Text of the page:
Minister for Justice Charlie Flanagan is to review the system for disciplining prisoners following criticism of it by the Prison Officers' Association.

The POA said that managers were no longer imposing a loss of remission on inmates who attack prison officers or commit other serious offences in prison.

Mr Flanagan told the the association's annual conference in Kilkenny that he agreed that such inmates should lose their remission and spend longer in prison if such a sanction is deemed appropriate and that no act of violence against a prison officer is acceptable.

However, he rejected a call by prison officers for them to be issued with body cameras, body armour, attack dogs and batons because he said such measures were not recommended by an independent review of assaults on prison staff carried out by the State Claims Agency two years ago.

Mr Flanagan also said that a new violent disruption prisoner unit is to open in the Midlands Prison in Portlaoise later this year, but the POA said it is too small.

POA President Stephen Delaney told the minister of the association's concerns over the mental health of prison staff, a code of discipline and its efforts to try to make prisons smoke-free campuses.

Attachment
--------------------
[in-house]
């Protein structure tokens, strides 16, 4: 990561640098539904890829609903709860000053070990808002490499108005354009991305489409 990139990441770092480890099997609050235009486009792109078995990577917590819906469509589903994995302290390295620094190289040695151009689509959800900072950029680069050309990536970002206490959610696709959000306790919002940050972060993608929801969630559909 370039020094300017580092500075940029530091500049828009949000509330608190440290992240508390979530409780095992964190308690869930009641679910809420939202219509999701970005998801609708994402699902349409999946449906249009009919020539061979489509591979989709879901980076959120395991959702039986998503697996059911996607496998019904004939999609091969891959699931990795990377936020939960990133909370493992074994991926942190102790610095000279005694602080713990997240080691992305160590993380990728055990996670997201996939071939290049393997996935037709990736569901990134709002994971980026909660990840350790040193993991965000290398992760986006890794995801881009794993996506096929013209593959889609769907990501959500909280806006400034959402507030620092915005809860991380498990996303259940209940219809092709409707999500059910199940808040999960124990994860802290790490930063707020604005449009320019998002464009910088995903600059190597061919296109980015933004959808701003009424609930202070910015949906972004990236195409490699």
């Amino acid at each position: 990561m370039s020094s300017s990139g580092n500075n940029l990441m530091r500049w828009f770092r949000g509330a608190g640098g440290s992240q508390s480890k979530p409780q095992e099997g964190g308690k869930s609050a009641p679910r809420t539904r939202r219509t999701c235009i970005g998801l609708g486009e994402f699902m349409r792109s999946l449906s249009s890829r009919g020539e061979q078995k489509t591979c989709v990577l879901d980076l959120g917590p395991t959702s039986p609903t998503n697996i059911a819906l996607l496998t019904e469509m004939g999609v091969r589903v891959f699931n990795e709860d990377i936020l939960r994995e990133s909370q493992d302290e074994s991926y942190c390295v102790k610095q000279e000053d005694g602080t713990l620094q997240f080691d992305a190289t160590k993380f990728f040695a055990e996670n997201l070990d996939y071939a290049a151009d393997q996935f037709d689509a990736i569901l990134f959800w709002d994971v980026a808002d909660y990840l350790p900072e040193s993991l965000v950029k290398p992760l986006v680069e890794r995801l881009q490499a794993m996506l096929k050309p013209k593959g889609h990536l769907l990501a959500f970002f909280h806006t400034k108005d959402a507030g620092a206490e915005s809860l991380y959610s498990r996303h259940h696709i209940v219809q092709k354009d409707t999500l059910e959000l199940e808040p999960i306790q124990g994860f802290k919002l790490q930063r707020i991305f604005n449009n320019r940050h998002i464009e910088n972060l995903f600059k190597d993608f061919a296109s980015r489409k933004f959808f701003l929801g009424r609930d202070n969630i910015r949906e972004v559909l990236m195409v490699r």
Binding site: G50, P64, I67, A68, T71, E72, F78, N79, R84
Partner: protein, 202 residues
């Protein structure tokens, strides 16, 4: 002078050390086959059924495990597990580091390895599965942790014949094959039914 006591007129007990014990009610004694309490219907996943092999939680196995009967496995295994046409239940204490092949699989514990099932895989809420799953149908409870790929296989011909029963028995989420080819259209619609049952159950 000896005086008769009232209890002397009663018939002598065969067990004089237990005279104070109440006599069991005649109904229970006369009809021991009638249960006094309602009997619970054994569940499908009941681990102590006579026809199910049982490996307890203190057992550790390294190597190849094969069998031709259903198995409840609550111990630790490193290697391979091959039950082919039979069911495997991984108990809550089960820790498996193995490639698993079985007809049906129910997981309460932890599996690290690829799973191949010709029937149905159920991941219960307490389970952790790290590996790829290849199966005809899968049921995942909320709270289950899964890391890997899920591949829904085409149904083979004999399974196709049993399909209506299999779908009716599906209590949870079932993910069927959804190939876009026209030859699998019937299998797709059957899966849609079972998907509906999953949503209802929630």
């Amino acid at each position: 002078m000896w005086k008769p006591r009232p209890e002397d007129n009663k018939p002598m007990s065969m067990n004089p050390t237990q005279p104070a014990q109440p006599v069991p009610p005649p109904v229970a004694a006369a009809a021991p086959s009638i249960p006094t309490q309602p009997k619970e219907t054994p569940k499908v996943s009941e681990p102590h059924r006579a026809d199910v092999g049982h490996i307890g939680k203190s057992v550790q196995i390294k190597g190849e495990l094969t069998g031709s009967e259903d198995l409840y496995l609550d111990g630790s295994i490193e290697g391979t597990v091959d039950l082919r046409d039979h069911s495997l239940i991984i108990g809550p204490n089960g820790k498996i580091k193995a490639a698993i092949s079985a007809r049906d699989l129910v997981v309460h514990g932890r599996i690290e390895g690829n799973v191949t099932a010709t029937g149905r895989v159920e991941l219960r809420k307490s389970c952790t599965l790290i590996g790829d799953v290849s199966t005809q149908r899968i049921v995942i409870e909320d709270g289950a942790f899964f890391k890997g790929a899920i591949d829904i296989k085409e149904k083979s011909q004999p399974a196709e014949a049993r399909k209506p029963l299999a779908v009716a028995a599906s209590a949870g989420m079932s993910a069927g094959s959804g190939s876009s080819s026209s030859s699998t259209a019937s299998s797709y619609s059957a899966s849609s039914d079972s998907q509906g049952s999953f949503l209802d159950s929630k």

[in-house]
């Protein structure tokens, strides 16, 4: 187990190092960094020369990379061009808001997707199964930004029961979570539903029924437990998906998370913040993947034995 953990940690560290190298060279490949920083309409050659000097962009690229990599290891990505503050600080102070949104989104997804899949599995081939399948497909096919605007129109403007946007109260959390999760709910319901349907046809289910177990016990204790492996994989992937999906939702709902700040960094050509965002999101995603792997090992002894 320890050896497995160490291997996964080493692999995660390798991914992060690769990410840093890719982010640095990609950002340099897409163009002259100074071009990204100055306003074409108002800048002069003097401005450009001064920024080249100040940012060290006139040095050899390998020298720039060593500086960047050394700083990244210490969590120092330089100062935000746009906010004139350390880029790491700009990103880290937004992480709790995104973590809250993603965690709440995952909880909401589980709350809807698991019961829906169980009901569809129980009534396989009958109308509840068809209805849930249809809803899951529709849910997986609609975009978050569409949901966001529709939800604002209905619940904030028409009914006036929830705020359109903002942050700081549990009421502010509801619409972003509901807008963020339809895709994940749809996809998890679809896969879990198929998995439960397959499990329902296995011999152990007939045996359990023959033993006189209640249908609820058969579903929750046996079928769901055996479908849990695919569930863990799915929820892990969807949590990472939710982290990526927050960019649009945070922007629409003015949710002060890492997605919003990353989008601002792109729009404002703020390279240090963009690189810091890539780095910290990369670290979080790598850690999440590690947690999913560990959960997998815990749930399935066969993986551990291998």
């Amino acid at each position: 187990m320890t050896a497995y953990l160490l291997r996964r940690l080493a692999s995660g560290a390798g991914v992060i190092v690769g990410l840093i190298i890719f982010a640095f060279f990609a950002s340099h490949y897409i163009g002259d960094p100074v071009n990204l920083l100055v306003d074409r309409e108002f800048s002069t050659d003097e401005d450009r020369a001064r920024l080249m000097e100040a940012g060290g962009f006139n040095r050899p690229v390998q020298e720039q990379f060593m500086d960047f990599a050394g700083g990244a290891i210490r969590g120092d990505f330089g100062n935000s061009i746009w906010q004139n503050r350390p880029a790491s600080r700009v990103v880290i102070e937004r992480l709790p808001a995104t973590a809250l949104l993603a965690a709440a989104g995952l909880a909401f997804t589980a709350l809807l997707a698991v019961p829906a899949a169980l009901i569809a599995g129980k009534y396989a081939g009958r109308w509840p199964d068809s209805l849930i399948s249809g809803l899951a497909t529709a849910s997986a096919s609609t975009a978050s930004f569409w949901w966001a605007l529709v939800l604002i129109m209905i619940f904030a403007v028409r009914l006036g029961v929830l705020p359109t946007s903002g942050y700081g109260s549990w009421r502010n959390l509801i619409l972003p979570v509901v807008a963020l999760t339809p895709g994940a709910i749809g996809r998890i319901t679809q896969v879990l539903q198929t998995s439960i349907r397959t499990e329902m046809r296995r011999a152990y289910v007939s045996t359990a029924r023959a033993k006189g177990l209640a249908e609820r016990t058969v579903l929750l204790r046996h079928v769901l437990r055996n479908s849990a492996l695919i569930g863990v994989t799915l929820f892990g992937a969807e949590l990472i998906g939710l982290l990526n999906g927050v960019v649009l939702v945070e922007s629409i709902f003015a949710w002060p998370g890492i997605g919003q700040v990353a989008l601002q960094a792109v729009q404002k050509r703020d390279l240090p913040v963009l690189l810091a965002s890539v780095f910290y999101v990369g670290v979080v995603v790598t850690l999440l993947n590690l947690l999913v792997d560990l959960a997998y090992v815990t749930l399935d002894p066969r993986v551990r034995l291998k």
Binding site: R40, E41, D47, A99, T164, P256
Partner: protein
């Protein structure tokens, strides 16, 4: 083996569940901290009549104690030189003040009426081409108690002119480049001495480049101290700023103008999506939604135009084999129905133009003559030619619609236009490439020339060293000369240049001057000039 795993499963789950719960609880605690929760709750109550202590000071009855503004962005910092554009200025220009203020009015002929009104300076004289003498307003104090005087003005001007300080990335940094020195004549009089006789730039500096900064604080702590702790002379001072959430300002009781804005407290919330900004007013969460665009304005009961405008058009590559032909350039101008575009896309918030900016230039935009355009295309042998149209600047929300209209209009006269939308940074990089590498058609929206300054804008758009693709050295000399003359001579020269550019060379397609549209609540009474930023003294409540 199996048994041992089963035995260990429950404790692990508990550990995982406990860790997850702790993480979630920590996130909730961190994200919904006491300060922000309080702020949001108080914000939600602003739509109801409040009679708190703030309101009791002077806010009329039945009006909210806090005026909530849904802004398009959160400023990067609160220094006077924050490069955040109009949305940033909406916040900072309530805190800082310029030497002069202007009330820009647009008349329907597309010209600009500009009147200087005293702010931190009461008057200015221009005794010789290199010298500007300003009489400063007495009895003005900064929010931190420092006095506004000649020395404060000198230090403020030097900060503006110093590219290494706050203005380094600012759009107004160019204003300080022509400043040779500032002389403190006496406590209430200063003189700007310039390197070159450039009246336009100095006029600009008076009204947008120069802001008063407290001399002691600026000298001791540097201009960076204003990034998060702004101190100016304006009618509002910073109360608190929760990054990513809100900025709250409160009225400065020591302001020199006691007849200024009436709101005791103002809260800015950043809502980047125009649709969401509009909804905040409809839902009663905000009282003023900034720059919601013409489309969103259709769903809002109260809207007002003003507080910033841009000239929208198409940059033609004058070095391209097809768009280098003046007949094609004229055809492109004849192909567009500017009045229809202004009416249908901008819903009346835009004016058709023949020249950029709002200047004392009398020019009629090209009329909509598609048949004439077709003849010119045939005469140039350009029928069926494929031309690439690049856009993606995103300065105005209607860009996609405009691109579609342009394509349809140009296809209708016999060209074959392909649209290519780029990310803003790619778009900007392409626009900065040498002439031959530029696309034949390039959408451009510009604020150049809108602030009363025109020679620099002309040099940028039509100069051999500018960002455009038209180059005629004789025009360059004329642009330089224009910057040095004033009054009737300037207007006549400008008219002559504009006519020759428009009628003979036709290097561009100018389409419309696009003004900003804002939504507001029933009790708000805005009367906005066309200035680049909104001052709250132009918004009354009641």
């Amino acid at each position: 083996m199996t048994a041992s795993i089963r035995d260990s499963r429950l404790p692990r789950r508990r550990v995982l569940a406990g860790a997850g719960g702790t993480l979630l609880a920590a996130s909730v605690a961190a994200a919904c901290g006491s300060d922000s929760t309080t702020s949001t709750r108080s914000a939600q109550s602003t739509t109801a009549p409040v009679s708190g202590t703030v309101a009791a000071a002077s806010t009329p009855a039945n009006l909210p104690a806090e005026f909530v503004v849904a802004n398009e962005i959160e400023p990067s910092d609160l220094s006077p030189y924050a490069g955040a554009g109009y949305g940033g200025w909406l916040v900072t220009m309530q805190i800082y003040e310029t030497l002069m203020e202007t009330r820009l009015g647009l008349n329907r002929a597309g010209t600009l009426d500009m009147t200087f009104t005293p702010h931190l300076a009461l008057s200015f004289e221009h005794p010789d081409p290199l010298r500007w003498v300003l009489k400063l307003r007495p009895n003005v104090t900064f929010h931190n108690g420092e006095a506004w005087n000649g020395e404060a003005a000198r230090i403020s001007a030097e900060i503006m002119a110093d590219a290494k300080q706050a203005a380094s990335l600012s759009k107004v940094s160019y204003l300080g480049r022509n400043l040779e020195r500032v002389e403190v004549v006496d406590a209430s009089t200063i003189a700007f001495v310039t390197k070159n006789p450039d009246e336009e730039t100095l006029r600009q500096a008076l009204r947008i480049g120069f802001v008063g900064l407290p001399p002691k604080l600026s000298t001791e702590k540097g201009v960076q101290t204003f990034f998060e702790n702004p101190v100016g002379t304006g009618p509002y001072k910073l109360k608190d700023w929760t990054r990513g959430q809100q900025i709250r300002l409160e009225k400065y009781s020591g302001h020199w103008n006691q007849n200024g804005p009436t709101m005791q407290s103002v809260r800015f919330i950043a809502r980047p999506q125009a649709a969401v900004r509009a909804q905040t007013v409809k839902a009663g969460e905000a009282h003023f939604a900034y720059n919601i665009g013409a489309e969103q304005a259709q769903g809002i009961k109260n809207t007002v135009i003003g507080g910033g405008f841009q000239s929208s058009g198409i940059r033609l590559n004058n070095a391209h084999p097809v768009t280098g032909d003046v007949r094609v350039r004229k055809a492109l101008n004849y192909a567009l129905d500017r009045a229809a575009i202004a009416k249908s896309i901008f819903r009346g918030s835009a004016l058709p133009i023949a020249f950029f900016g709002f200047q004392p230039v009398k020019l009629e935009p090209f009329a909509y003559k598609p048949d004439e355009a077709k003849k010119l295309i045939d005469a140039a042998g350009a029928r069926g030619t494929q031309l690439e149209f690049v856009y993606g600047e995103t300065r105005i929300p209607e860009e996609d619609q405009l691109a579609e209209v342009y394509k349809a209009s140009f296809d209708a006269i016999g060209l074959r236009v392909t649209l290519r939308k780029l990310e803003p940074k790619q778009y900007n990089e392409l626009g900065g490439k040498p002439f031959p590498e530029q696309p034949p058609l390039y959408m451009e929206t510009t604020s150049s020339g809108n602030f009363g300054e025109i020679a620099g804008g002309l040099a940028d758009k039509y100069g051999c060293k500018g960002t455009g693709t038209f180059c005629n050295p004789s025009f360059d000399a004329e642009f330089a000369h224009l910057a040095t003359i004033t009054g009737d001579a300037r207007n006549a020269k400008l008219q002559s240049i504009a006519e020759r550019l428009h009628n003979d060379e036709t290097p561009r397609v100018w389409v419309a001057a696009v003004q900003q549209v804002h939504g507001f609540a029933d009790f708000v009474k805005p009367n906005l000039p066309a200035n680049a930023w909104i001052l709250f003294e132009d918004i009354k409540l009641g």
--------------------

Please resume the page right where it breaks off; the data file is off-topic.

Prison officers are calling for the reinstatement of the withdrawal of remission for violent inmates

Earlier, the POA said that criminal gangs are wielding more power within a hierarchical structure in the country's prisons.

It said there are almost 30 factions operating in Mountjoy Prison alone and the gangs have significant funds and an international profile.

General Secretary John Clinton says they are continuing to order murders and deal drugs from behind bars.

He said gangs control the prison population in the same way as they control territories on the outside.

Mr Clinton said the gangs are international, with huge resources and finances, and they are feuding inside and outside of prison, and are difficult to keep apart.

The POA has said all gang members should be isolated and made to serve their sentences in the high security Portlaoise Prison.

However, Director General of the Irish Prison Service Michael Donnellan said that such a measure would be counterproductive and he insisted the prison service is "on top" of the gang problem.

He said the current policy is to separate gang members by putting them in different prisons, rather than allowing them to congregate and associate in one prison.